I know some of you think I’m a bit strange from time to time — but what about you? You think you’re all portfolio management and pinstripes? I don’t think so. Witness a random (well, fairly random) slice of a recent evening’s e-mails from this page:
From Tony Spina: "I have it on good authority (the Roswell Aliens) that the Dow will be at 9200 on October 1 this year, and at 4900 by January 1, 1998. How do I invest to make the most money?"
Answer: Write a book about your contact with the aliens.
Alternative answer: In case you’re serious about the question, if not its premise, you’d buy far-out-of-the-money October calls now; sell them September 30 and then put every cent you’ve got into far-out-of-the-money January puts.
Of course, this would be really dumb, because as strong as your hunch might be, no one actually knows where the market is going short-term — least of all a bunch of dummies tethered to parachutes being pushed out of Air Force planes in New Mexico — and options are a less-than-zero-sum game. Steer clear.
Out-of-the-money options, by the way, for those unfamiliar with the jargon, are those whose "strike price" is above (in the case of calls) or below (puts) the price at which the stock itself is trading. As a result, they’re relatively cheap, because they’re a long shot, but provide terrific leverage in case you win. I almost always lose money on options, but still remember the time, decades ago, when I bought way-out-of-the-money Merrill Lynch calls (not from Merrill Lynch, on Merrill Lynch), and watched in greedy awe as the underlying stock price rose to approach my strike price (already pushing up the value of my options), then reached and crossed the strike price — still with months to go to the exercise date — then rose higher and higher and higher. Calls I had bought for 37 cents each ($37.50 for a call on 100 shares) ultimately would have been worth about $20 each ($2,000 per call) had I held on all the way to expiration.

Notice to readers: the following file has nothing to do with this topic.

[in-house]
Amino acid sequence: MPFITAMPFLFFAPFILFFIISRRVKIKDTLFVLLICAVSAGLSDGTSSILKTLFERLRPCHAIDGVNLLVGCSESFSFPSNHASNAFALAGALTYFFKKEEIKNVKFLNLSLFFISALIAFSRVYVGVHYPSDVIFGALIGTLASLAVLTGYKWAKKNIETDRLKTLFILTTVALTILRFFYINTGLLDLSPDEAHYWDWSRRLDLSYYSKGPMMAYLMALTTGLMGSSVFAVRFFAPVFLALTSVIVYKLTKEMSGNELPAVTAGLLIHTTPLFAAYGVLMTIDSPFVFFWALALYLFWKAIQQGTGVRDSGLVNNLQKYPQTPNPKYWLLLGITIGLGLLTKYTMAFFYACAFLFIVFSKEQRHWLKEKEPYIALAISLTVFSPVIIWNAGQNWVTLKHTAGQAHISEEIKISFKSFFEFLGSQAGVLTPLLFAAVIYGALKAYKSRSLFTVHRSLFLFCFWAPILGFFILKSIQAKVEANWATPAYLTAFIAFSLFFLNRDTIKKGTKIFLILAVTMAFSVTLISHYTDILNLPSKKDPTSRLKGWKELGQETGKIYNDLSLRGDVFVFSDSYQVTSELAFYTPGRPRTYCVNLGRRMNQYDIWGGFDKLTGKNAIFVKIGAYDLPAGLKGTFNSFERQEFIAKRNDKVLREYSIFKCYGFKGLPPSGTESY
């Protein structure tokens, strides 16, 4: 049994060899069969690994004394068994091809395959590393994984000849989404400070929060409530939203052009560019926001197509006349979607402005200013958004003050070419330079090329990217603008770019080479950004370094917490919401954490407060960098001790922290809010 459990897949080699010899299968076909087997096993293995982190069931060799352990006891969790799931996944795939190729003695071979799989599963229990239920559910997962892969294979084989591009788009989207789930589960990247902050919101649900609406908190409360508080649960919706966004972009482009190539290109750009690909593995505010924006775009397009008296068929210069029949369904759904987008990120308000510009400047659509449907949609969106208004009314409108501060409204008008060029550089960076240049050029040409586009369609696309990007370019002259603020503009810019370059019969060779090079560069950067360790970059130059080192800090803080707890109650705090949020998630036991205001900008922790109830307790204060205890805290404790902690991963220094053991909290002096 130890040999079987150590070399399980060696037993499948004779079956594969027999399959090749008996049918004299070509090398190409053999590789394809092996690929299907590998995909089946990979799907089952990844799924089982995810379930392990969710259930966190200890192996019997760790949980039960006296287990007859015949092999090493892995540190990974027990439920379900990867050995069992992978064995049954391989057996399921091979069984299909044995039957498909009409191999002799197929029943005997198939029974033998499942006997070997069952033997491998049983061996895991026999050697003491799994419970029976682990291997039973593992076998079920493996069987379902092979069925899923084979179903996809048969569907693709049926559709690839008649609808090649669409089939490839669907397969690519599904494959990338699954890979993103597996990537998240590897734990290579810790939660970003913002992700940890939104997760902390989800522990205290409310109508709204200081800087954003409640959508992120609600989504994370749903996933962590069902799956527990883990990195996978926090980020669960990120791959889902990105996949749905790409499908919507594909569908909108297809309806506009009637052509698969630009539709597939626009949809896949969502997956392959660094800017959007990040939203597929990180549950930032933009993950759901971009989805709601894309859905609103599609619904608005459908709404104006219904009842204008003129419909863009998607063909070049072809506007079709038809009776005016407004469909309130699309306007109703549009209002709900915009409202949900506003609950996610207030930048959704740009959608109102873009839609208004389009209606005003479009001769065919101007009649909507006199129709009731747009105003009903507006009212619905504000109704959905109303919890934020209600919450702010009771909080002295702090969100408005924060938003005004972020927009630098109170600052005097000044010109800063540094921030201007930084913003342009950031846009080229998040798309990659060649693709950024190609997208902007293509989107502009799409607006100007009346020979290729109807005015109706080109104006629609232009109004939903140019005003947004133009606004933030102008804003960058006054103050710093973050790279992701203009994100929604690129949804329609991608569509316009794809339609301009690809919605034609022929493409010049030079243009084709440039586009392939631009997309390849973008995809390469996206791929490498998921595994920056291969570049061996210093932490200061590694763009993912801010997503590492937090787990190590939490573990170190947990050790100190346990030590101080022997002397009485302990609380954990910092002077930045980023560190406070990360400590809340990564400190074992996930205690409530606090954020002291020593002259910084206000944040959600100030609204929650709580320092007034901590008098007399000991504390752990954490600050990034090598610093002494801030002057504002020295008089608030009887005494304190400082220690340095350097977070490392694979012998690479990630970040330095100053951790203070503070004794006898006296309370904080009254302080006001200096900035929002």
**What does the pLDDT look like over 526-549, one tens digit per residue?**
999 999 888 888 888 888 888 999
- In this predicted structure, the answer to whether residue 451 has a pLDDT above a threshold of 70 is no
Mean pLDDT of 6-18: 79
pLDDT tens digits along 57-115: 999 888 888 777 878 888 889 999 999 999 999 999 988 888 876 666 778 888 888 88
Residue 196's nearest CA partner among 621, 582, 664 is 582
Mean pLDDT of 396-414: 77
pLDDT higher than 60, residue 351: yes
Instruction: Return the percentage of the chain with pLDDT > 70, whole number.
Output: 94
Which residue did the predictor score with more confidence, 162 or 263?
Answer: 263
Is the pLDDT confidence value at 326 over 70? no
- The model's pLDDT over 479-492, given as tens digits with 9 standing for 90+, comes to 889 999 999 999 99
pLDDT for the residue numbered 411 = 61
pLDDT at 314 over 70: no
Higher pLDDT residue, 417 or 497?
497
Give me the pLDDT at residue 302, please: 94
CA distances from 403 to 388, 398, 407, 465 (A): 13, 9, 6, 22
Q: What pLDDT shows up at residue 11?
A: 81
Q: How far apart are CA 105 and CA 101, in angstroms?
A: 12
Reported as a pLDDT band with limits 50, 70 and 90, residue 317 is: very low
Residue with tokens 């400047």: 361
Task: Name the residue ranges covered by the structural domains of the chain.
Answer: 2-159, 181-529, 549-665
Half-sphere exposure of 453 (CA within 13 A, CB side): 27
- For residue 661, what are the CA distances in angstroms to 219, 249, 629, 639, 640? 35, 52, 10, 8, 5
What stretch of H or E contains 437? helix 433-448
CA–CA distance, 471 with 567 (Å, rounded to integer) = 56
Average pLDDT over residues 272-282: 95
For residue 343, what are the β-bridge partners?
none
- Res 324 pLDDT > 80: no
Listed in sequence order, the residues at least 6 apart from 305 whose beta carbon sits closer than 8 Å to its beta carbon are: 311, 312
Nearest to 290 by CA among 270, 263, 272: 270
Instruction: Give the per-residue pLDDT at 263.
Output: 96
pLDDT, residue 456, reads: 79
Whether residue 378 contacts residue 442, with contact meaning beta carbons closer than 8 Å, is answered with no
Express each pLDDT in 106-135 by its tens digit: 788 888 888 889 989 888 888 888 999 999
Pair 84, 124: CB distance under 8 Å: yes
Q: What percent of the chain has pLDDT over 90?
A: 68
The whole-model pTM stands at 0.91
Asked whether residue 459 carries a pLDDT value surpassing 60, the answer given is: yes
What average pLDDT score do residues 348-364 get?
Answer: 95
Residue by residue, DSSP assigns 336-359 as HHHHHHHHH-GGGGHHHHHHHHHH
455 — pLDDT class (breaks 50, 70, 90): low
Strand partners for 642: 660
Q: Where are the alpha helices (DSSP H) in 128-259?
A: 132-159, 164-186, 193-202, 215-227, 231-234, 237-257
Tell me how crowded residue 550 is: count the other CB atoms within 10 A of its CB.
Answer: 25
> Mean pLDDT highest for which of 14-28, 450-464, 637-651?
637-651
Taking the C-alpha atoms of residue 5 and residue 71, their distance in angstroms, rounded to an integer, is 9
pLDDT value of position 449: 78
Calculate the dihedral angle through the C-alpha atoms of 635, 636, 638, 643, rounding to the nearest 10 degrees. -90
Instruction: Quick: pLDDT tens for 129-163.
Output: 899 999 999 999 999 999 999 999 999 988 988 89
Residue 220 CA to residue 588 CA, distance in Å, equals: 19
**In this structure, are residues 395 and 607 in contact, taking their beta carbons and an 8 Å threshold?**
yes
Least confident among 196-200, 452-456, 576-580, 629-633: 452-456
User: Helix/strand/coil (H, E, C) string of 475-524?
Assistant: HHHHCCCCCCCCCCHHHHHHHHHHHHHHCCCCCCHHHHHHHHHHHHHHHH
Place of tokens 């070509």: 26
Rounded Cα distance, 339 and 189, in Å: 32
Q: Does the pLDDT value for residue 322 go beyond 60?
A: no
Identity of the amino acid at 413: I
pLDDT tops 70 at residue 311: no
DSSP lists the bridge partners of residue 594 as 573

From Sudhindranath Sira: "You wrote on ceres.com dated 06/30/97: ‘… This is undoubtedly true. But bear in mind that long before Perot …’ I request you not use the dreaded B-word! Shall we instead say ‘keep in mind’ from now on? Just kidding! 🙂 — Sira."
Thanks, Sira. You need not worry about the bear word. Only a handful of people have any idea what it means any more.
From Donald Rintala: "The great windmill of our age is the battle between capitalism and collectivism. Anyone who can seduce the masses to fall in love with capitalism deserves a medal. So here’s the plan: you team up with Steve Forbes to form the Compound Interest Party. Your slogan: no more class war between the rich and the poor. Now, we all get rich! I’ll bet the country could work fabulously on a *total* tax take of 15%. Countries like the Bahamas don’t even have an income tax. Ever feel tempted to move there? Somehow, I think we’ve missed it big in the US — betrayed our origins and ended up performing way under our abilities. Only the Compound Interest Party can get it back together! — Don"
Interesting, Don, but I am struck by the fact that the Bahamians, with no income tax, seem largely to be poor, while we visitors from high tax jurisdictions are rich. Must be that we have more air conditioning.
From Roger Simmons: "Were you a third class Midshipman on the cruiser Albany?"
Not even a fourth class midshipman, Roger.
Finally, from Toby Gottfried, reacting to my definition of "millionaire" (anyone with $5 million): "If ‘millionaire’ means ‘really really rich person,’ then in the old days, it was someone who had a million dollars. Now it’s someone who makes a million dollars."
Ah. You couldn’t be more right — except from a billionaire’s point of view.
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We don't like their sound, and guitar music is on the way out.~Decca Recording Co. rejecting the Beatles, 1962
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